2. Columbia River Inter-Tribal Fish Commission: Columbia River Fish Species.
3. Wild Salmon Center: Why protect Salmon.
4. The National Wildlife Federation: Chinook Salmon.
5. Columbia River Inter-Tribal Fish Commission: Tribal Salmon Culture.
6. 7. Letter to NW policymakers signed by 55 Fisheries and natural resource scientists.


IV. READING THE DATA - LOWER SNAKE AND COLUMBIA RIVER TEMPERATURES

Introduction to the water temperature data:

  • Throughout this summer, the Hot Water Report will provide, on a weekly basis, an update on real-time water temperatures in the lower Snake and Columbia River reservoirs.
  • The daily average and high water temperature data at the four reservoir forebays are measured with sensors stationed at various depths below the reservoir surface, immediately upstream from the dams in the lower Snake River and the lower Columbia River for 2024.
  • Daily average temperatures are represented with solid lines and the 10-year average (2014 - 2023) temperatures with dashed lines of the same color.
  • The dotted line across the graph represents the 68°F “harm threshold” for adult and juvenile fish.

V. DISCUSSION OF DATA - LOWER SNAKE AND COLUMBIA RIVER TEMPERATURES

AVERAGE LOWER SNAKE AND COLUMBIA RIVER TEMPERATURES 6/19 - 6/25:

Figure 1. Lower Snake River Water Temperatures - 2024 Daily Average and 10-year Average. Click on the image to view the graph.

Figure 2. Lower Columbia River Water Temperatures - 2024 Daily Average and 10-year Average. Click on the image to view the graph.

Discussion of average water temperature data:

  • Since April, temperatures in the lower Snake River and the lower Columbia River reservoirs have steadily increased.
  • Figure 1. Lower Snake River Water Temperatures: this week, the reservoir behind the Ice Harbor Dam reached a high average water temperature of 64.26°F on June 24 - June 25.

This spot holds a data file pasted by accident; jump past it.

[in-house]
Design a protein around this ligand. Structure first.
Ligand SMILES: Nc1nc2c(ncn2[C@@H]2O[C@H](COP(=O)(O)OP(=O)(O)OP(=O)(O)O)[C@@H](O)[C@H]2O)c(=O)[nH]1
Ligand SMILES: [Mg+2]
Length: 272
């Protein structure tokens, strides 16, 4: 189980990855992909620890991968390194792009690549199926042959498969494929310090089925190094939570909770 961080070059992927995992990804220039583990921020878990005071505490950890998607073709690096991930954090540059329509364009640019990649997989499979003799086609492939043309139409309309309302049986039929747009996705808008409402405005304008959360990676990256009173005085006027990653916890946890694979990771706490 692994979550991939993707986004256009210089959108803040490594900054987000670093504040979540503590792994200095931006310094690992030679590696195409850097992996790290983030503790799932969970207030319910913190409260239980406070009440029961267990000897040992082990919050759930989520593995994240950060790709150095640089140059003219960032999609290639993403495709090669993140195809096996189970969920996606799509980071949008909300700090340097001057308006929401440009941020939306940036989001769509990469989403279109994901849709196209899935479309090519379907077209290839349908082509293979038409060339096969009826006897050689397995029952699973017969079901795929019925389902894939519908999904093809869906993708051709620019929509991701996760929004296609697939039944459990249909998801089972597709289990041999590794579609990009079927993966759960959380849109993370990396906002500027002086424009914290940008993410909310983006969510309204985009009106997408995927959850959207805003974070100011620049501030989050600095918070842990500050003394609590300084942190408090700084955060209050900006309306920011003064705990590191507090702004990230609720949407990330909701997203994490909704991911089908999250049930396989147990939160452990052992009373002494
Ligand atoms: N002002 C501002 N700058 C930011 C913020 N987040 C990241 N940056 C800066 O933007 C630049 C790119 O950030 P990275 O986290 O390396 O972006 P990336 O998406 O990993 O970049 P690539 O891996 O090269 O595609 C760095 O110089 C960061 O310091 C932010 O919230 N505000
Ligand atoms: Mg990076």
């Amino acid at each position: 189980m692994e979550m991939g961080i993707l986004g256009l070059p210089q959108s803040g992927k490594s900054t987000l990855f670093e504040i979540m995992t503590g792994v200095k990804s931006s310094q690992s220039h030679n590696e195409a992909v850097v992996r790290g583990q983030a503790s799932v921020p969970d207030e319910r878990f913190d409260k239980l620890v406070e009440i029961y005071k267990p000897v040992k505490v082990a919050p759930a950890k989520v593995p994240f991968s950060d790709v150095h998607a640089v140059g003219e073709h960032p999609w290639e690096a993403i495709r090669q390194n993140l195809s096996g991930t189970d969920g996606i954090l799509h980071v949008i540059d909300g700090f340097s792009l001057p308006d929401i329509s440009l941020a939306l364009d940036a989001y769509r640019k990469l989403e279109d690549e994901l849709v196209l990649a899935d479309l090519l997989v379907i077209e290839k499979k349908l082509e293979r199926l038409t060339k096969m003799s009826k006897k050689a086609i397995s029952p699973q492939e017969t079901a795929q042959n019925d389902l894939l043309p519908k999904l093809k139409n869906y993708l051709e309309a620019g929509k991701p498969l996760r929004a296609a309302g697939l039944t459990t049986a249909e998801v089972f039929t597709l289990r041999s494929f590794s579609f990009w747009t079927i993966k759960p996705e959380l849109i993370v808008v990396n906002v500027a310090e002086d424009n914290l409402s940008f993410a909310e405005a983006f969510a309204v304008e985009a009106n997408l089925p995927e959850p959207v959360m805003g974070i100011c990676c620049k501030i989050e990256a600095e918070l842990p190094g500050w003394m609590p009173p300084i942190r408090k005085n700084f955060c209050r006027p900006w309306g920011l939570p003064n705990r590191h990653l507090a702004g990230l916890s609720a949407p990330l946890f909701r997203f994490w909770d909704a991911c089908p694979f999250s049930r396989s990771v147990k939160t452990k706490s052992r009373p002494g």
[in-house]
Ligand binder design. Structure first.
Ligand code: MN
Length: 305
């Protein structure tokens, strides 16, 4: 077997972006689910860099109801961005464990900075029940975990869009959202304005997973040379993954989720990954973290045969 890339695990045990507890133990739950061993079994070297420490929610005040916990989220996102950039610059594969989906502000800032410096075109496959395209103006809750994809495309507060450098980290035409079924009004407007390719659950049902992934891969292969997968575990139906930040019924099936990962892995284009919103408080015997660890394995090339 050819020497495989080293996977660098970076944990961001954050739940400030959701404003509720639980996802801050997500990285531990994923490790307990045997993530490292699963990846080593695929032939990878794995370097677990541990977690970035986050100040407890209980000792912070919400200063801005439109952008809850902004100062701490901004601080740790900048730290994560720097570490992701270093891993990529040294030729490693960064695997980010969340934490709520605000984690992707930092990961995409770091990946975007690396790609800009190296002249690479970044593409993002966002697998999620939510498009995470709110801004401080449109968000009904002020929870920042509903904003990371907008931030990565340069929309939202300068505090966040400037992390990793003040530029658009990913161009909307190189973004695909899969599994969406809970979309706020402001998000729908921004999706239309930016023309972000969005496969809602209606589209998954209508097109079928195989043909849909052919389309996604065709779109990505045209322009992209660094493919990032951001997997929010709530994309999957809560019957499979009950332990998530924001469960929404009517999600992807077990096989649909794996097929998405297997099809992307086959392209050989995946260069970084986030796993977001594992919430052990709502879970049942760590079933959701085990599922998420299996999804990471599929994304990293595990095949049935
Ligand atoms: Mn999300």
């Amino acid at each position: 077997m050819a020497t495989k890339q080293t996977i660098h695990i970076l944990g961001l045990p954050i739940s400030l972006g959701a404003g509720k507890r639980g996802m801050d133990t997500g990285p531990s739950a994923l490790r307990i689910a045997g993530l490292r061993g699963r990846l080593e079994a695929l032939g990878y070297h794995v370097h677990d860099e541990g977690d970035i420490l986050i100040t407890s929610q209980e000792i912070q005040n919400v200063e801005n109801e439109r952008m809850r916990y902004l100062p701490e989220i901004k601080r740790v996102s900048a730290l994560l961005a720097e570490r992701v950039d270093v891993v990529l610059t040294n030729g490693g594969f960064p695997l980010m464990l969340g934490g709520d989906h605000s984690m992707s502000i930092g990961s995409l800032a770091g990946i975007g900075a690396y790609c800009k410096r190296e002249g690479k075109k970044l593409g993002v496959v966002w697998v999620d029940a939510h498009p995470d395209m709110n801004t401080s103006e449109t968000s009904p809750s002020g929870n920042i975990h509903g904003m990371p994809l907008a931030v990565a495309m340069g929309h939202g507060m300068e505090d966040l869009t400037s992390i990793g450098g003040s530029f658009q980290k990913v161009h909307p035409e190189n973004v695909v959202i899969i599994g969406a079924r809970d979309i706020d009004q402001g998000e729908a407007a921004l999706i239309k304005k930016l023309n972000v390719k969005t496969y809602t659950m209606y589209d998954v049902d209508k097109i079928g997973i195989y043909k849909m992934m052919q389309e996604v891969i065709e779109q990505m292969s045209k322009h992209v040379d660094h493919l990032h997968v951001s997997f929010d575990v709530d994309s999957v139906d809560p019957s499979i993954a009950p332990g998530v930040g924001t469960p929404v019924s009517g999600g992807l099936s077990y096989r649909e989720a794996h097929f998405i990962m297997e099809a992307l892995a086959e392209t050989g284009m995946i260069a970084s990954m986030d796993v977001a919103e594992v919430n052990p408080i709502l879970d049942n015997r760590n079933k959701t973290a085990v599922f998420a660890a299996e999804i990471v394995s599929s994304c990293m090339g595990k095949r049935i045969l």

• Figure 2. Lower Columbia River Water Temperatures: this week, the reservoir behind the Bonneville dam had a high average temperature of 63.32°F on June 24 - June 25.
  • Most water temperatures in the lower Snake River and lower Columbia River have reached at or above their 10-year averages. As we near the end of June, the water temperatures are below the 68°F “harm” threshold, which is good news for cold-water species like salmon and steelhead. However, we expect these temperatures will rise considerably in these reservoirs as the summer progresses.

WEEKLY HIGH TEMPERATURES IN THE LOWER SNAKE AND COLUMBIA RIVER: 6/19 - 6/25

  • On the lower Snake River, the reservoir behind the Ice Harbor Dam registered the highest water temperature of 64.72°F.

  • On the lower Columbia River, the McNary reservoir registered the highest water temperature at 64.53°F.

Data Sources: The 2024 lower Snake River and lower Columbia River water temperature data presented in the Hot Water Report are collected from the Columbia River DART program by Columbia Basin Research, University of Washington, using data courtesy of the U.S. Army Corps of Engineers (USACE). The 10-year average water temperature data is courtesy of the Fish Passage Center. There is no data available for the Lower Monumental 10-year average water temperature. Graphs and tables are assembled by SOS Staff.


 The Hot Water Report is a joint project of the Save Our wild Salmon Coalition, Association of Northwest SteelheadersColumbia RiverkeeperEarthjusticeEndangered Species CoalitionIdaho Conservation League, Idaho Rivers United, National Wildlife FederationNorthwest Sportfishing Industry AssociationOrca NetworkSierra Club, Snake River Waterkeeper, and Wild Steelhead Coalition.

View previous Hot Water Report issues at wildsalmon.org/HWR